Star­tups learn from hospi­tal in­vestors

Modern Healthcare - - BEST PRACTICES - By Dave Barkholz

Carm Hun­tress says he’s happy for the tens of thou­sands of dol­lars that UCHealth has in­vested in his startup soft­ware com­pany, which of­fers physi­cians point-of-care pre­scrib­ing guid­ance.

But beyond fi­nanc­ing growth, the Colorado-based sys­tem’s part­ner­ship has pro­vided RxRevu de­vel­op­ers with in­valu­able feed­back from the front­line emer­gency room physi­cians who use the soft­ware, Hun­tress said. And that’s in­creased the startup’s credibility among cus­tomers both cur­rent and po­ten­tial.

“It’s been a real point of val­i­da­tion,” Hun­tress said of the two-year part­ner­ship.

Across the coun­try, emerg­ing health tech­nol­ogy com­pa­nies like RxRevu, Bi­nary Foun­tain and Augmedix are find­ing it ben­e­fi­cial to hitch their wag­ons, at least in part, to hospi­tal ven­ture cap­i­tal funds.

More health sys­tems are start­ing ven­ture cap­i­tal funds fo­cused on health­care after see­ing the re­turns en­joyed over the years by pi­o­neers such as As­cen­sion, Dig­nity Health and Cleve­land Clinic, said Derek Baird, vice pres­i­dent at Chicago-based Avia, a na­tional net­work of health sys­tem in­no­va­tors that it­self re­ceives ven­ture cap­i­tal from health sys­tems.

Con­versely, tech com­pa­nies in­creas­ingly are tap­ping into the cap­i­tal, ex­per­tise and con­nec­tions that these hospi­tal-spon­sored funds can bring, Baird said. “We’re see­ing even mid­sized re­gional health sys­tems start eight- to nine-fig­ure ven­ture cap­i­tal funds.”

Over each of the past three years, ven­ture cap­i­tal fund­ing of dig­i­tal health com­pa­nies ex­ceeded $4 bil­lion, ac­cord­ing to a re­cent study by Rock Health. The data show that more ven­ture in­vest­ment went into dig­i­tal health firms dur­ing the first month of 2016 than all of 2011.

UCHealth con­trib­uted a chunk of the nearly $4.7 mil­lion RxRevu has raised since early 2014. Den­ver-based RxRevu’s soft­ware helps busy clin­i­cians pick the right pre­scrip­tion for pa­tients.

It got its first trial in the emer­gency depart­ment of the Univer­sity of Colorado Hospi­tal in early 2016, Hun­tress said. Sit­ting side-by-side with clin­i­cians and staff, RxRevu staffers worked for months mas­sag­ing the soft­ware so that the med­i­ca­tion in­for­ma­tion it yielded could be ob­tained read­ily as part of the ER work­flow.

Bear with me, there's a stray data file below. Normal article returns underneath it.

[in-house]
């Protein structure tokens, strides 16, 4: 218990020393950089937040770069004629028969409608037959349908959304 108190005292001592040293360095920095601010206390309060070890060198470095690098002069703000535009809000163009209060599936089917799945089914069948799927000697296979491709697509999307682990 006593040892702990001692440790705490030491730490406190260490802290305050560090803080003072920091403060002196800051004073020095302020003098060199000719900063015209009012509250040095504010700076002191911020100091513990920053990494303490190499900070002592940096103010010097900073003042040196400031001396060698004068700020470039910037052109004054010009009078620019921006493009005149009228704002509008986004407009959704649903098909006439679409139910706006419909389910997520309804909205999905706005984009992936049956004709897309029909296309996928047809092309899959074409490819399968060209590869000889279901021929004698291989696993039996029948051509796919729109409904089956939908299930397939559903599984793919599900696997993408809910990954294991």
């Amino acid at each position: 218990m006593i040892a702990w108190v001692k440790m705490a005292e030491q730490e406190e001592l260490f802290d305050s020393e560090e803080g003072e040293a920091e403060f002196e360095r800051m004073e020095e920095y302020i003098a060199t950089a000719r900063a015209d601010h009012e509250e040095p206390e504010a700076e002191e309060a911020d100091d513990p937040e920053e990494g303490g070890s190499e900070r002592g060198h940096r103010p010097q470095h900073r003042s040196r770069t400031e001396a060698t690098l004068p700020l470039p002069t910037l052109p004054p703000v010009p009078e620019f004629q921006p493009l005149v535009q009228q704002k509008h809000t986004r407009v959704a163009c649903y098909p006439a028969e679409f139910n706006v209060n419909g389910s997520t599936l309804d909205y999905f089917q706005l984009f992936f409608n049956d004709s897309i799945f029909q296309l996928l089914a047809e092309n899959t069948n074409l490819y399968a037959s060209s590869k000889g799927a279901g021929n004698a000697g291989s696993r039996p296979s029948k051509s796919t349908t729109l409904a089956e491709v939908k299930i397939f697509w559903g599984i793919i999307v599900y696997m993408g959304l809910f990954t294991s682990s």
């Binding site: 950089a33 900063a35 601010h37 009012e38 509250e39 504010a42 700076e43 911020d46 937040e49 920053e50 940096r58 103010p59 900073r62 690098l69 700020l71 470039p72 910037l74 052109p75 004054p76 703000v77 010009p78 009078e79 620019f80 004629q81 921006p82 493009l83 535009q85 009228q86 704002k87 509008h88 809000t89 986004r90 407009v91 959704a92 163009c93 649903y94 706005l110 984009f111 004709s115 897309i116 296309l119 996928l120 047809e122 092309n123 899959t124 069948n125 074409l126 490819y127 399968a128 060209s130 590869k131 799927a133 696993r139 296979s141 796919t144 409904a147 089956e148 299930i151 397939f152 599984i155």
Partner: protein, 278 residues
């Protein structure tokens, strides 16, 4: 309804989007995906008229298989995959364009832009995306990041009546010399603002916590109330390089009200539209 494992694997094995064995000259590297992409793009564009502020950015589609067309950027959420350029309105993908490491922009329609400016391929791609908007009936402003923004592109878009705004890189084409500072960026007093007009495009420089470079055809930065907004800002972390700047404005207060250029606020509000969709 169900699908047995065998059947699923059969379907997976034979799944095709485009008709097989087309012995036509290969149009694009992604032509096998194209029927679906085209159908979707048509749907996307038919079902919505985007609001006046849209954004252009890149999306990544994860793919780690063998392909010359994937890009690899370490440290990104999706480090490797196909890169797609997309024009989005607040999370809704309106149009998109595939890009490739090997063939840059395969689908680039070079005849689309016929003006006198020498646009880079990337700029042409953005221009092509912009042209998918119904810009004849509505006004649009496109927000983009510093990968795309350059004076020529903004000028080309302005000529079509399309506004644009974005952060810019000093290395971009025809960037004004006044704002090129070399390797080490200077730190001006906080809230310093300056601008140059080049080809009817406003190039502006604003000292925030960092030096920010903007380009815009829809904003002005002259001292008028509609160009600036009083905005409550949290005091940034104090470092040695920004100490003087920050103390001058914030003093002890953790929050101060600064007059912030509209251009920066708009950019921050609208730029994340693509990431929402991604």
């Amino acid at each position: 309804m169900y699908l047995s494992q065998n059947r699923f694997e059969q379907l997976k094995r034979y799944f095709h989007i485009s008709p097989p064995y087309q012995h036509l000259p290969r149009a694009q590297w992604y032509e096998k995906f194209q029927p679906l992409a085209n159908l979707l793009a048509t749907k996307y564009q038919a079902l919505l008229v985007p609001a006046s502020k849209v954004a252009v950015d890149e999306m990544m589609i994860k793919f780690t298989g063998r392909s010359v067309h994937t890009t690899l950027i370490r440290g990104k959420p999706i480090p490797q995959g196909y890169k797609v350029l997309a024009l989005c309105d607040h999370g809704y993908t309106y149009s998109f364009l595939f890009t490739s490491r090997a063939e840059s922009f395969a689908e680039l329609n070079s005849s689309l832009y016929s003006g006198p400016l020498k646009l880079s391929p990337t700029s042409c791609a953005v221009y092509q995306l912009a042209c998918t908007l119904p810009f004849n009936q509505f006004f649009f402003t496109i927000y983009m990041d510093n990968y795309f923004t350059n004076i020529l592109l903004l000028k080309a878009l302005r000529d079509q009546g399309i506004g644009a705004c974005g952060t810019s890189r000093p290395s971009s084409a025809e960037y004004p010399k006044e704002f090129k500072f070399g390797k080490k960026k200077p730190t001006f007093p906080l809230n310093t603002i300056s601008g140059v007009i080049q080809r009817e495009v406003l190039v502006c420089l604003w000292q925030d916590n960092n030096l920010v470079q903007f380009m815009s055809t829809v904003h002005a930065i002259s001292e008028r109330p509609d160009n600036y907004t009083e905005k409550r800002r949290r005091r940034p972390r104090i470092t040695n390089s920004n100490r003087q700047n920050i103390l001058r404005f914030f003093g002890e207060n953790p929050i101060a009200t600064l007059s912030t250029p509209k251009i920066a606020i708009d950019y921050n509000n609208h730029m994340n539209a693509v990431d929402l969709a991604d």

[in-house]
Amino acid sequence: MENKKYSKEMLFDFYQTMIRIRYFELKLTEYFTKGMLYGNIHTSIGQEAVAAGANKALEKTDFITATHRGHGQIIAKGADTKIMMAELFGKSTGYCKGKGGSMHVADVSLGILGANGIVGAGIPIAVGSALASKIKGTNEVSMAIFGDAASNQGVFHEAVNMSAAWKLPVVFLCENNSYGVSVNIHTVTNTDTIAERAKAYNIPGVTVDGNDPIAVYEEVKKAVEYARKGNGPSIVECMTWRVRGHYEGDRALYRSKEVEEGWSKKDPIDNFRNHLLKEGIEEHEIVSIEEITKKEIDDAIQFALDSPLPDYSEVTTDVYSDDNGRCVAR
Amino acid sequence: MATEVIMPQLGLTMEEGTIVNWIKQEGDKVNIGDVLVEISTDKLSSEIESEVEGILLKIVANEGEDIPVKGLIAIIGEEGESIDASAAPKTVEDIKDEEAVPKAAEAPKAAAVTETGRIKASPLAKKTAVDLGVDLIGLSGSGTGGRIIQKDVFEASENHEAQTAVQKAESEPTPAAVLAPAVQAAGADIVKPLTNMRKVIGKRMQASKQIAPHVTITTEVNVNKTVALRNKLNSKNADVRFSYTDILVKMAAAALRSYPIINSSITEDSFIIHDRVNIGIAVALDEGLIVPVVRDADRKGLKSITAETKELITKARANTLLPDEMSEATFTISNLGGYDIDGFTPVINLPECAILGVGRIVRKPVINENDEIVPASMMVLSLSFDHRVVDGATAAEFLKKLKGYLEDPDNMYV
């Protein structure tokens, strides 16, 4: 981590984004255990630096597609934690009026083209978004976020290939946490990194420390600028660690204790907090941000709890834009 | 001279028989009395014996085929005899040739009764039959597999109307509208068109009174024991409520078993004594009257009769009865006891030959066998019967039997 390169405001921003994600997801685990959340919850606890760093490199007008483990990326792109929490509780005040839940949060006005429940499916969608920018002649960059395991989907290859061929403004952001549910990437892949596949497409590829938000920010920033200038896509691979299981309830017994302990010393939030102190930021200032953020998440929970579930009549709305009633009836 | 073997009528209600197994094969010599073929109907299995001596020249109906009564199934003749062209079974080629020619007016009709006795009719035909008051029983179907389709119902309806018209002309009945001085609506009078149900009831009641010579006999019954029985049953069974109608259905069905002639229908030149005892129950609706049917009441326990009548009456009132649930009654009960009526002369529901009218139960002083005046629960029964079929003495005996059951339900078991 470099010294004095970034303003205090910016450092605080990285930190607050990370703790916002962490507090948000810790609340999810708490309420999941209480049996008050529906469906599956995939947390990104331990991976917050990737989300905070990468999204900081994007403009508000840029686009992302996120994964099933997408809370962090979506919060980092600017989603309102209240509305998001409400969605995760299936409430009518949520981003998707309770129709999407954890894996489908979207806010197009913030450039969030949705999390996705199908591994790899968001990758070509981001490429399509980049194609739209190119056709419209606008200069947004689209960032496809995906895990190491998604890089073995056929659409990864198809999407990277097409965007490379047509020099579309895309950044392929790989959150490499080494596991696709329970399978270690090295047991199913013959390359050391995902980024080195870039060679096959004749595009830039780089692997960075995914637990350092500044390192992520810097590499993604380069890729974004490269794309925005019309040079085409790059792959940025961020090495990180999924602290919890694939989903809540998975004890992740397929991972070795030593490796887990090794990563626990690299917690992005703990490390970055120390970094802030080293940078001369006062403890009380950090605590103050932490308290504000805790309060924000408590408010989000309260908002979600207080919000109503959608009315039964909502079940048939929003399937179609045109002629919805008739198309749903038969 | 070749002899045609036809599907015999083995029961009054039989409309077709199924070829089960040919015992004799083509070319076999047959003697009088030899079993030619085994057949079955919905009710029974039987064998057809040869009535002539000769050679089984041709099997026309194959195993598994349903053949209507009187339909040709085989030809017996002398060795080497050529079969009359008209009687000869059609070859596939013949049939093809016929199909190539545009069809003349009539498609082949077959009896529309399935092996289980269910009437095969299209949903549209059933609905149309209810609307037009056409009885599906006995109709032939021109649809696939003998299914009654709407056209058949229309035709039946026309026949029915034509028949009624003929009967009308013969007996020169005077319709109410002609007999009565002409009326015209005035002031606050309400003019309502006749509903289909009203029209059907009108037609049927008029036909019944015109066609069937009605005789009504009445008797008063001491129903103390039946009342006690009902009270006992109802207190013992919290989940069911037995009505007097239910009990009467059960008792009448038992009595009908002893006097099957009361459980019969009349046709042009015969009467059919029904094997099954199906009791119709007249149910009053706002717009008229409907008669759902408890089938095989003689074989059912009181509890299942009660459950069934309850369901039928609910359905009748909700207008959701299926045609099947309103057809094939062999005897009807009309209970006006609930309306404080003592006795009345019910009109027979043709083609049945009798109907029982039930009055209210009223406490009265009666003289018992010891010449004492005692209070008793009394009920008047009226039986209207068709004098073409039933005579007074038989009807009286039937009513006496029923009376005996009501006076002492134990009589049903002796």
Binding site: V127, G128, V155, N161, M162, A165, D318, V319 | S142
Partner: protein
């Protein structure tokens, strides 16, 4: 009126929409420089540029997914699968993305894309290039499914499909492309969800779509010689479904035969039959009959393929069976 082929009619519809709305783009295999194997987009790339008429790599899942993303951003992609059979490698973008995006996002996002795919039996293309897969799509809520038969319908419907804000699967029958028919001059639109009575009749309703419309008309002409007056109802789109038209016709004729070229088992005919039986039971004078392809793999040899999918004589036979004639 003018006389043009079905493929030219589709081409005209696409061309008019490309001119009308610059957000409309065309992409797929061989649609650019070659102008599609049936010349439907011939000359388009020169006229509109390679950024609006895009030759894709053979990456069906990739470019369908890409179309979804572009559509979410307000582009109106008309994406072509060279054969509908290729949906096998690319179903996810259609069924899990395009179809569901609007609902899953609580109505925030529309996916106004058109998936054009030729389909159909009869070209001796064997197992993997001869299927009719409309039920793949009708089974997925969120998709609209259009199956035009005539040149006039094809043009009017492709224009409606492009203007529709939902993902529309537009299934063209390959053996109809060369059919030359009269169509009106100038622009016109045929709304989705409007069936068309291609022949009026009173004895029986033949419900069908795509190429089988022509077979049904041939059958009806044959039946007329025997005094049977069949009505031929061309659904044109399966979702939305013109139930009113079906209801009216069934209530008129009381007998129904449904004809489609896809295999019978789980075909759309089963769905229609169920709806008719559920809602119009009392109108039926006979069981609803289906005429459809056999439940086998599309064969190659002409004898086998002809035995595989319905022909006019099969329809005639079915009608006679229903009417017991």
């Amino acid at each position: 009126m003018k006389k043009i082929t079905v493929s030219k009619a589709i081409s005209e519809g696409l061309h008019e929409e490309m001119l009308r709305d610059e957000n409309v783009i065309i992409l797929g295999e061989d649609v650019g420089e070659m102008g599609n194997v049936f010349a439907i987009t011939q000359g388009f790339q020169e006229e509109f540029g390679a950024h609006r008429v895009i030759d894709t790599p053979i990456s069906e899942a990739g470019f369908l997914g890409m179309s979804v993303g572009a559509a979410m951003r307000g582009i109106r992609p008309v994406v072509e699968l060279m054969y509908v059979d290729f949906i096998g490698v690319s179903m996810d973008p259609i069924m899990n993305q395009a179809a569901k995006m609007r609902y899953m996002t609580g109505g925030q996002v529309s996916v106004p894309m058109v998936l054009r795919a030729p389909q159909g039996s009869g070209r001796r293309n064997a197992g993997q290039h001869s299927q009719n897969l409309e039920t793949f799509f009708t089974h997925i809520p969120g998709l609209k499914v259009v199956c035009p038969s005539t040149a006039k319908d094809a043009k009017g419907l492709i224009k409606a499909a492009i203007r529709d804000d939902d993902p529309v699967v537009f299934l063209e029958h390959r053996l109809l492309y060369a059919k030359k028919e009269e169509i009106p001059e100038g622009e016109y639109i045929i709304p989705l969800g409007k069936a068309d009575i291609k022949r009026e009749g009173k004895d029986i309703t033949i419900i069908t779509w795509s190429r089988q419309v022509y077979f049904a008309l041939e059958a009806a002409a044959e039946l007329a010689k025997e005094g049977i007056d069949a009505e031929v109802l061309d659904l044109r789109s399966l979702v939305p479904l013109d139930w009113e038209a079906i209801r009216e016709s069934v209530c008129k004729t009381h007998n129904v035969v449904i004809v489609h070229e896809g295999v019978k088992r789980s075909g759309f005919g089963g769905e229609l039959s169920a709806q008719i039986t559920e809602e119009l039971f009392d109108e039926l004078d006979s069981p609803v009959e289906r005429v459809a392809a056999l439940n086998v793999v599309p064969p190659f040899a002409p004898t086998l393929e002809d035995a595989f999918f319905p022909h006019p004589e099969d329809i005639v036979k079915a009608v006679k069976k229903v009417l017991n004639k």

Hav­ing that access was in­valu­able and only pos­si­ble be­cause the hospi­tal made it a pri­or­ity. “We need that tightknit col­lab­o­ra­tion,” Hun­tress said. UCHealth par­tic­i­pated in RxRevu’s first fund­ing, which raised $540,000 in 2014, as well as some of the other four.

The RxRevu soft­ware was first used for pre­scrib­ing an­tibi­otics, said Dr. Richard Zane, chair­man of the emer­gency medicine depart­ment for UCHealth’s seven hos­pi­tals and 22 other ERs scat­tered over 100 am­bu­la­tory lo­ca­tions in Colorado, south­ern Wy­oming and west­ern Ne­braska. Physi­cians took to the tech­nol­ogy and now the sys­tem wants to get all drugs pre­scribed in the ER built into the soft­ware, Zane said. Then UCHealth wants to of­fer it in all its ERs.

Zane un­der­scored the word “of­fer”; emer­gency physi­cians don’t have to use it. Yet since the soft­ware in­stal­la­tion, ad­her­ence to rec­om­mended guide­lines for spe­cific an­tibi­otic use has jumped from 45% to 65%, Zane said.

Augmedix has grown quickly by hav­ing such large health sys­tems as Dig­nity Health and Sut­ter Health among its big­gest in­vestors, said Pelu Tran, pres­i­dent and co-founder of the tech­nol­o­gyen­abled med­i­cal tran­scrip­tion busi­ness. Since 2013, Augmedix has raised $60 mil­lion in ven­ture fund­ing.

Augmedix saves its in­di­vid­ual physi­cian users 15 hours per week on clin­i­cal data en­try sim­ply by wear­ing Google Glass to record pa­tient vis­its. An Augmedix em­ployee re­motely in­puts the data into the of­fice’s elec­tronic health record sys­tem in real time.

That gives physi­cians more time to spend with pa­tients. What’s more, the real-time tran­scrip­tions are more ac­cu­rate since the physi­cian doesn’t have to go back later and try to re­mem­ber ex­actly what was said, Tran said.

With big health sys­tems fund­ing the com­pany and cham­pi­oning its ser­vices at their fa­cil­i­ties, Augmedix has grown to 1,000 em­ploy­ees world­wide, with 200 in the U.S.

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